Workers’ compensation fraud affects everyone and can be committed by any party in the workers’ comp system. The single most common type of fraud, known as claimant fraud, occurs when an employee knowingly makes a fraudulent claim. Since workers may commit fraud for any number of reasons, workers’ comp fraud can be difficult to identify. However, identifying the warning signs and taking proactive steps can help reduce the number of fraudulent claims from your employees.
The cost of fraud
According to a report by the National Insurance Crime Bureau (NICB), the fastest-growing type of insurance fraud is workers’ compensation fraud. Estimated at approximately $7.2 billion per year, workers’ comp fraud affects everyone. Just a few of the wide-ranging and long-term monetary costs of workers’ comp fraud include:
- Workers’ comp premiums are increased for the employer.
- To cover the increased premium rates, businesses raise prices for customers.
- Employers are less likely to offer pay raises and bonuses due to increased workers’ comp rates.
- Employers may cut jobs to cover the costs of increased premiums.
Be mindful of fraud
It’s important for business owners and managers to understand that the vast majority of all workers’ comp claims are legitimate and result from an on-site sudden injury or repetitive stress injury. However, fraud can and does have a destructive impact on workers’ compensation and on the health of businesses.
Identifying suspicious claims
When a workplace injury occurs, the employer’s first duty is to ensure the health and safety of the injured worker. However, employers must also be mindful of the financial health and safety of their company and the remaining workforce. Since workers’ comp fraud can cause serious financial ramifications for employers, it’s critical for employers and their TPA partners to review all claims for potential fraud. Warning signs of a suspicious claim include:
- The employee was alone at the time of the incident.
- There are conflicting diagnoses or the employee refuses treatment.
- There was a significant delay in reporting the incident.
- The employee’s story about the incident is inconsistent or suspicious.
- The employee has a history of workers’ comp claims.
- The employee frequently changes jobs or medical providers.
- The incident occurred just before or after a weekend or holiday.
- The employee was nearing the end of an assignment or contract.
- The employee may be working a side job after the incident.
- The employee becomes difficult to reach while on leave.
- The employee hired an attorney immediately after the injury.
- The employee is seeking a quick settlement for their claim.
Fraud Prevention Tip #1: Select a reputable TPA partner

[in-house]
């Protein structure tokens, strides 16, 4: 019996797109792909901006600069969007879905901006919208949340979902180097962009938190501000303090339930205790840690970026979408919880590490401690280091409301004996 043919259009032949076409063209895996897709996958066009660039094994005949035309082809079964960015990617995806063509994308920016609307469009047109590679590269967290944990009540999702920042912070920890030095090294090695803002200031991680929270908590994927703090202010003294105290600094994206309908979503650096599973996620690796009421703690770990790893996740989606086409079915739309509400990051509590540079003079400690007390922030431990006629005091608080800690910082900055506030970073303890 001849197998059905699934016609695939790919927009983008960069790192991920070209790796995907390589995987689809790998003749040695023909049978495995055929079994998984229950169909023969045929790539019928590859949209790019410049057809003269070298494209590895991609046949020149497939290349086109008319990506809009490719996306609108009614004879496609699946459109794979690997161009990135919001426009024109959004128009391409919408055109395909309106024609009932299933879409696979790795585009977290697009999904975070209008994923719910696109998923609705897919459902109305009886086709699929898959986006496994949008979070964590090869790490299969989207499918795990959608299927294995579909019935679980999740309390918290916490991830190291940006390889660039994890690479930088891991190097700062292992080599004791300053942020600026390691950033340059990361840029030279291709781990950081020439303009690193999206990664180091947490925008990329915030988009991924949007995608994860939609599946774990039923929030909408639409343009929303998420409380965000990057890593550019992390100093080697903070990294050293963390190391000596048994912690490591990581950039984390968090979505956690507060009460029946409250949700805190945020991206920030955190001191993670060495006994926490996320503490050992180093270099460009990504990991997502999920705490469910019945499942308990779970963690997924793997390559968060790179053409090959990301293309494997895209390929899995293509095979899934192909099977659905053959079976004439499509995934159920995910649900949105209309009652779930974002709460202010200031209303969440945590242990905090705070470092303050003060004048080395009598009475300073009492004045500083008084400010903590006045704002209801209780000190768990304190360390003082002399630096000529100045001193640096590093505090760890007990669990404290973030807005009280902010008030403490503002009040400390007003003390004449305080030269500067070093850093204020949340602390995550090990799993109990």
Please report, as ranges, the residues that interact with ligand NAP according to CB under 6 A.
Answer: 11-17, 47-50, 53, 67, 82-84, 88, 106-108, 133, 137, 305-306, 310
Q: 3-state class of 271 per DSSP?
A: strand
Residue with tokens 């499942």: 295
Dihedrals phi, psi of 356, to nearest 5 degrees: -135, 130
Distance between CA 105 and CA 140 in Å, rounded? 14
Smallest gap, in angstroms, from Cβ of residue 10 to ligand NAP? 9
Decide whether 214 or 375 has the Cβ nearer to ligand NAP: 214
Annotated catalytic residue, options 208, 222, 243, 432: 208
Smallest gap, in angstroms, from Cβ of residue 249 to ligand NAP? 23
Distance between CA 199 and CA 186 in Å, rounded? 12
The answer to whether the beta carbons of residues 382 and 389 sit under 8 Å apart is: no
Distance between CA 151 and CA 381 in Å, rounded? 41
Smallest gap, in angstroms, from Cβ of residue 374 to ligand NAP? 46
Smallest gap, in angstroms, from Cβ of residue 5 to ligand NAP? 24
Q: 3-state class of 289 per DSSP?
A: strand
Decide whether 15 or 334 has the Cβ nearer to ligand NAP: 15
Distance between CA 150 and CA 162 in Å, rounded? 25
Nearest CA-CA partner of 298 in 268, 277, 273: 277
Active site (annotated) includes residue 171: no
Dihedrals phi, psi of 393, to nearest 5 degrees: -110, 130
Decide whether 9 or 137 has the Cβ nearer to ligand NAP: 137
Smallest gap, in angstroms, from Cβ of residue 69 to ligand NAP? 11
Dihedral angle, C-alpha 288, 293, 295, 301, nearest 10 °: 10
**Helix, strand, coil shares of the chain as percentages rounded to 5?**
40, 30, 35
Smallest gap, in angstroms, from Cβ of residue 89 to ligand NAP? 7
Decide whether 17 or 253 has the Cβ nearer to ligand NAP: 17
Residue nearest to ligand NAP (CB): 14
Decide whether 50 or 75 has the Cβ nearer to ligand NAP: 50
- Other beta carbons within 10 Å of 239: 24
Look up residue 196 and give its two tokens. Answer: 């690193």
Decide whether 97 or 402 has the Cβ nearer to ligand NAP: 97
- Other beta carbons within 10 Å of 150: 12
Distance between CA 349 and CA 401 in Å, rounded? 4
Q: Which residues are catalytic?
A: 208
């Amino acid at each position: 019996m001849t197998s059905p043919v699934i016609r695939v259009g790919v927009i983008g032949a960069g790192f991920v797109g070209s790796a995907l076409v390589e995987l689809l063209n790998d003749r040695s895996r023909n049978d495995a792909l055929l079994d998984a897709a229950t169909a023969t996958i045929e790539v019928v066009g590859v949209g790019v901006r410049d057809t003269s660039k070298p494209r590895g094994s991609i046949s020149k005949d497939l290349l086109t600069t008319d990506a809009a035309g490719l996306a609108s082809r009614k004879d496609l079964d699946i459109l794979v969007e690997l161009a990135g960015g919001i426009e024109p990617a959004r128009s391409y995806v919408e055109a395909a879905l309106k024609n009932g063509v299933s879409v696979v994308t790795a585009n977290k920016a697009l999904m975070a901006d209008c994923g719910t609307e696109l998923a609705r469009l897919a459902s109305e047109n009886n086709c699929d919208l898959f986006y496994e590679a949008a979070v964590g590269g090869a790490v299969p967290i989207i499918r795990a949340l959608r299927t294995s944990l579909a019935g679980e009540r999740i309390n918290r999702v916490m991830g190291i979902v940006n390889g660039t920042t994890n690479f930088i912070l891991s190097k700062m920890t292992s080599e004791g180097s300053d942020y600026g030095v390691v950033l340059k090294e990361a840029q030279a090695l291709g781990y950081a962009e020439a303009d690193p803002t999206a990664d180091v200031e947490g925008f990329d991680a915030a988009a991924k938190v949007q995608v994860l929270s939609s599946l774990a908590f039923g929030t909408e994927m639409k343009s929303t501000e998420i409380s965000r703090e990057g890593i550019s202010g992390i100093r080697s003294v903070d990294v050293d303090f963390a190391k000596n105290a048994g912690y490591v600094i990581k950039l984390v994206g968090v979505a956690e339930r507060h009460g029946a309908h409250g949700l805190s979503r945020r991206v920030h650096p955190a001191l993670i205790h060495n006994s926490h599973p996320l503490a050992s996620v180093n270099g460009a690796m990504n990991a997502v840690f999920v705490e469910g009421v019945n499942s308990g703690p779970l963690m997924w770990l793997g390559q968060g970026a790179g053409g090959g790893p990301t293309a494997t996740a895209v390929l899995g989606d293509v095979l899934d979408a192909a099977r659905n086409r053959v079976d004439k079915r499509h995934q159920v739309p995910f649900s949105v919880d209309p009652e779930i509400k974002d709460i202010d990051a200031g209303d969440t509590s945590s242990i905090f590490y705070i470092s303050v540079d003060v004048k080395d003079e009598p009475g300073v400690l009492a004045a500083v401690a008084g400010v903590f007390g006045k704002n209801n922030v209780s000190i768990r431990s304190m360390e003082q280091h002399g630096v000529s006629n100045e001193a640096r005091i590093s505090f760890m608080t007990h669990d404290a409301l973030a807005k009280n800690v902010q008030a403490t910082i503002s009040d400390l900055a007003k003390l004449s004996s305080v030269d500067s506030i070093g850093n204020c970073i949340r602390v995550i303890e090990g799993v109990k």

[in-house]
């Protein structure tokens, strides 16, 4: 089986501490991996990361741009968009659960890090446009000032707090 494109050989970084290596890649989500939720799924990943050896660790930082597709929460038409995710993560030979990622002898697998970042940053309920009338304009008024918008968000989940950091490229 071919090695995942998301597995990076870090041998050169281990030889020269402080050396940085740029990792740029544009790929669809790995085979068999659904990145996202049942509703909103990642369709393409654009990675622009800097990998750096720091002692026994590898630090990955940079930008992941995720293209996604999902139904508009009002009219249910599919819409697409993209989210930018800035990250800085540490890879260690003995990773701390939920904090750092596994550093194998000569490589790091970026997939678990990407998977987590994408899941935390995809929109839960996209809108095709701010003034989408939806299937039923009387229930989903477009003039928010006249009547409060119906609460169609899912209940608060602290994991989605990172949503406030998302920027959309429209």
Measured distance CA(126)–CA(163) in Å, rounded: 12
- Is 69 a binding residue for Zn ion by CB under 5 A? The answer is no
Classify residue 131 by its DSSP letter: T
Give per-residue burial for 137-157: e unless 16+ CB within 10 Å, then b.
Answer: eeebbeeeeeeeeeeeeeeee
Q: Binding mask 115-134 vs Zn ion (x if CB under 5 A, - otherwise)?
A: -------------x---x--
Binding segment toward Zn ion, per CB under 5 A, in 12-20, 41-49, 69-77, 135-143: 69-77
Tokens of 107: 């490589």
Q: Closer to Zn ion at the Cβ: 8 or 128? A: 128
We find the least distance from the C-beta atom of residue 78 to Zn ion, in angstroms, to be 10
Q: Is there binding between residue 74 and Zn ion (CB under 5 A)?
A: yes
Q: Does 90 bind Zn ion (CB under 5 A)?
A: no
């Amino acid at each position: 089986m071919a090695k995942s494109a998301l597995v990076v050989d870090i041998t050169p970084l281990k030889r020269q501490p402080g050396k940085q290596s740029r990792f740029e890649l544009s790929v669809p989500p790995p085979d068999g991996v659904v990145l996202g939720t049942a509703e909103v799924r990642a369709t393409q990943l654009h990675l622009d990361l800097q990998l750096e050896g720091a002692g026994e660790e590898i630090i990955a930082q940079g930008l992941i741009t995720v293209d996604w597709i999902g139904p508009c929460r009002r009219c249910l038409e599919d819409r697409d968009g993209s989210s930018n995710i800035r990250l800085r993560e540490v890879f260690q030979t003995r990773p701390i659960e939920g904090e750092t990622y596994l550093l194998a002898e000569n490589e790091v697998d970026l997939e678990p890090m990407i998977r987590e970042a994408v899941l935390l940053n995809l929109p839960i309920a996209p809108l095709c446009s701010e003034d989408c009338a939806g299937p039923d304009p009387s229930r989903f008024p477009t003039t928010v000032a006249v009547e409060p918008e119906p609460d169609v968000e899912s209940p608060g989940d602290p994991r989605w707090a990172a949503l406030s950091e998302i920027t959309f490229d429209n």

Employers who work with a high-quality third party administrator (TPA) partner are better equipped to identify fraudulent claims. Your TPA will work with your company to monitor and review all claims for signs of potential fraud.
In addition to this review, your TPA will ensure that your management and safety team members understand and can identify the signs of workers’ comp fraud. Read 5 Reasons You Need a TPA in Your Corner for even more reasons why you should consider talking to a TPA representative today.
Fraud Prevention Tip #2: Security Cameras
Security cameras that are actively monitored or reviewed are a good idea for most workplaces. Not only can these cameras help protect your company from theft or property damage, they can also protect your company from fraudulent workers’ comp claims.
When employees know that the workplace is being actively monitored, they are less likely to report false workers’ comp claims. If a fraudulent report is made, the footage can be submitted to the BWC as proof that the claim is false. Additionally, if an employee is injured while alone, the cameras can provide proof of the worker’s claim.
Security cameras can also make the workplace safer. While injury mapping in the workplace can help prevent future injuries, security cameras can help prevent them altogether. Employees often don’t report near misses like slips, trips, and falls or other issues that they consider minor. Reviewing security camera footage allows employers to identify potentially hazardous areas and make necessary safety improvements to prevent an incident.
Fraud Prevention Tip #3: Say something
The Ohio BWC relies heavily on members of the public, including workers, employers, and medical providers, to report suspected fraud. The BWC offers an anonymous online Fraud Allegation Form for those wishing to report suspected fraud. When reporting suspected fraud, the BWC asks that reporters please provide as much information as possible, including:
- Name and address of the person being reported;
- Details about the suspected improper or fraudulent activity;
- Other general information about the suspected fraudulent activity.
This information allows the BWC to conduct an investigation that is thorough, fair and objective.
Advocating for you
When it comes to helping you combat workers’ compensation fraud, your TPA is an invaluable partner. Not only can your TPA help you identify and prevent fraudulent claims, but they can also give you access to cost-saving opportunities, lower your risk, and give you access to programs to help make your workplace safer.
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